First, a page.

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From Ancient Greek stem of πρᾶγμα (prâgma, act) + -ism.



pragmatism (countable and uncountable, plural pragmatisms)

  1. The pursuit of practicality over aesthetic qualities; a concentration on facts rather than emotions or ideals.
  2. (politics) The theory that political problems should be met with practical solutions rather than ideological ones.
  3. (philosophy) The idea that beliefs are identified with the actions of a believer, and the truth of beliefs with success of those actions in securing a believer's goals; the doctrine that ideas must be looked at in terms of their practical effects and consequences.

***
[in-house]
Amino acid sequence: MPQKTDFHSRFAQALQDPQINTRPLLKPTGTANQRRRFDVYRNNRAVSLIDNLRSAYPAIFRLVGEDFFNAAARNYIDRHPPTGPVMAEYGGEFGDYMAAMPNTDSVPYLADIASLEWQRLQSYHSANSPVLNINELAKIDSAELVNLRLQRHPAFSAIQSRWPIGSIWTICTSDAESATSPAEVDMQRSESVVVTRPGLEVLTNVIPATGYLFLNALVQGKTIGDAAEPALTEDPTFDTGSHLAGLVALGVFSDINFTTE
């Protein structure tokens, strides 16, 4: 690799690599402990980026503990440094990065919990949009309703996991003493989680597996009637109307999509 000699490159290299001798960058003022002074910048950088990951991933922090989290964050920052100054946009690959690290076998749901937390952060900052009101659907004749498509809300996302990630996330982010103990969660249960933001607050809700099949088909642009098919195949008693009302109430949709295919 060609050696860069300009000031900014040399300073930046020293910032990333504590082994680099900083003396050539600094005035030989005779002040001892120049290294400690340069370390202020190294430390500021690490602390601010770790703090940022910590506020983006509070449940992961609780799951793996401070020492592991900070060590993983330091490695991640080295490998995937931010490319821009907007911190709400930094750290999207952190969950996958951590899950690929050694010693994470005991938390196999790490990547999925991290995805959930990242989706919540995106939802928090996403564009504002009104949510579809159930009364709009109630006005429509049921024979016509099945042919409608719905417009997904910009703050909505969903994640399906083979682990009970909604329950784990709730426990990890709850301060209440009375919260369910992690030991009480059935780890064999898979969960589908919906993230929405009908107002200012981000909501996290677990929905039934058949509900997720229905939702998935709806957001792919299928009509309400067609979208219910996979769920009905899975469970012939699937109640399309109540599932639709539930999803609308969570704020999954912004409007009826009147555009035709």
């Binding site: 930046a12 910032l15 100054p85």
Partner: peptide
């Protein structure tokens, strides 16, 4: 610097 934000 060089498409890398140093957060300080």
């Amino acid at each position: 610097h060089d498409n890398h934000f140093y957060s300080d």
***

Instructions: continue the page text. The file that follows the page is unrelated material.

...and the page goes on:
• 1902, William James, The Varieties of Religious Experience, Folio Society 2008, p. 378:
      Our conception of these practical consequences is for us the whole of our conception of the object [...] This is the principle of Peirce, the principle of pragmatism.


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